OP: Speaking of site visits, I know you just returned from the Caribbean. Tell me about MAC’s new initiative there.
NM: We just went to the Dominican Republic with President Clinton to visit sites. We partnered with the Clinton Foundation, and asked them, where is it [HIV/AIDS] in the world that no one else will fund? And they said the Caribbean. It’s a place that we associate with great beaches and great vacations, but it’s also a place of great poverty. The Caribbean has the highest HIV rate anyplace in the world besides sub-Saharan Africa, and yet no major foundations are investing in the Caribbean. The island that houses the Dominican Republic and Haiti has about 75% of the region’s cases. There’s not been very good testing, however, and we believe there are very high rates also in places like Jamaica and Trinidad.
We’re funding the Clinton Foundation $1.25 million; they have several sites in the Dominican Republic and we’ve asked them to expand to Jamaica and Trinidad. What we appreciate about the Clinton Foundation is that they didn’t go in to re-invent the wheel. They went into pre-existing health clinics and added essentially an HIV doc and HIV meds. They’re also wholesaling medications to the Caribbean islands through an agreement with the drug companies and the prime ministers of the various Caribbean islands. The day we were there, we visited a pediatric hospital for which we’re funding treatment, and then the president went to meet with the prime ministers. So from a business perspective, what was appealing about this was that not only are they leveraging existing resources, they’re also working with future funding sources to continue the effort.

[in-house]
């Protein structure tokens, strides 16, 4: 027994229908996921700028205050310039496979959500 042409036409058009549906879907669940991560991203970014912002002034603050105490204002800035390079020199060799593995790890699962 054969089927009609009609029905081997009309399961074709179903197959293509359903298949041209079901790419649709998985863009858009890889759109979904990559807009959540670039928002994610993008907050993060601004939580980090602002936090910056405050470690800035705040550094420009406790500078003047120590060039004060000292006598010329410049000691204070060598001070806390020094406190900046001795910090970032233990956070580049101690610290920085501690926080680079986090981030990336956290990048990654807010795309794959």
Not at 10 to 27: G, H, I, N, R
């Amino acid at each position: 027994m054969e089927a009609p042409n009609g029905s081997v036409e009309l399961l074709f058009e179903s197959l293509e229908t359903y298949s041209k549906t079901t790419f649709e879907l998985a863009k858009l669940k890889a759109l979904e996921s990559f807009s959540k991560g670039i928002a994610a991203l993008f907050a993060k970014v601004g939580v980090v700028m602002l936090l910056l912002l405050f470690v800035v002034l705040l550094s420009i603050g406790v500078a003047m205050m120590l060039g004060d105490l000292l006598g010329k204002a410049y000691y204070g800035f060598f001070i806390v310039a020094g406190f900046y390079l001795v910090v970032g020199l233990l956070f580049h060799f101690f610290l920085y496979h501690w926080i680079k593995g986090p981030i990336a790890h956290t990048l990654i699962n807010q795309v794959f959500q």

We then invited a series of proposals around that effort. We funded one from Equality Forum, which does asylum. We also funded a group called the Pulitzer Center; it’s a very cool grant. The economics of journalism is upsetting if you’re committed about social change. In terms of social issues, journalists don’t have the money, and neither do the vast majority of the outlets, to go places. So John Sawyer, a serious journalist, left an old-guard traditional media outlet to basically create journalism around issues that weren’t being covered. So we funded them to raise consciousness about the fact that the epidemic in the Caribbean is so large. We also funded Planned Parenthood. They are going throughout the Dominican Republic to talk to staff at family planning agencies to make sure they are talking about HIV. The whole paradigm around HIV is moving away from shame/blame to more responsibility/accountability. We also have funded Partners in Health for their work in Haiti; we’re trying to put together a Dominican/Haitian meeting of our various providers to talk about how it is we can network together. We also funded the Funding Collaborative which is done through the Tides Foundation, where groups of HIV positive people do re-granting of small nonprofits on the ground.
It’s what my old boss at Soros called the bouquet of grants, showing the spectrum of issues. This next grant round in September, we’ll be funding more down in the Caribbean, so we can then add to that. And then my fantasy is that we show the spectrum of issues, and then between government funding and other private funders coming in, after three years we can move on to something else.
OP: Which is…
NM: Our tradition is underserved groups, of which there are many. Certainly women continue to be an issue. I think the stereotype of this being a white gay male disease persists here, and while that’s certainly an issue, I think there are many other communities of women and color that really need more attention, more focus, and more culturally-relevant approaches. So there’s plenty of great work to do.
For information on MAC AIDS Fund, visit http://www.macaidsfund.org/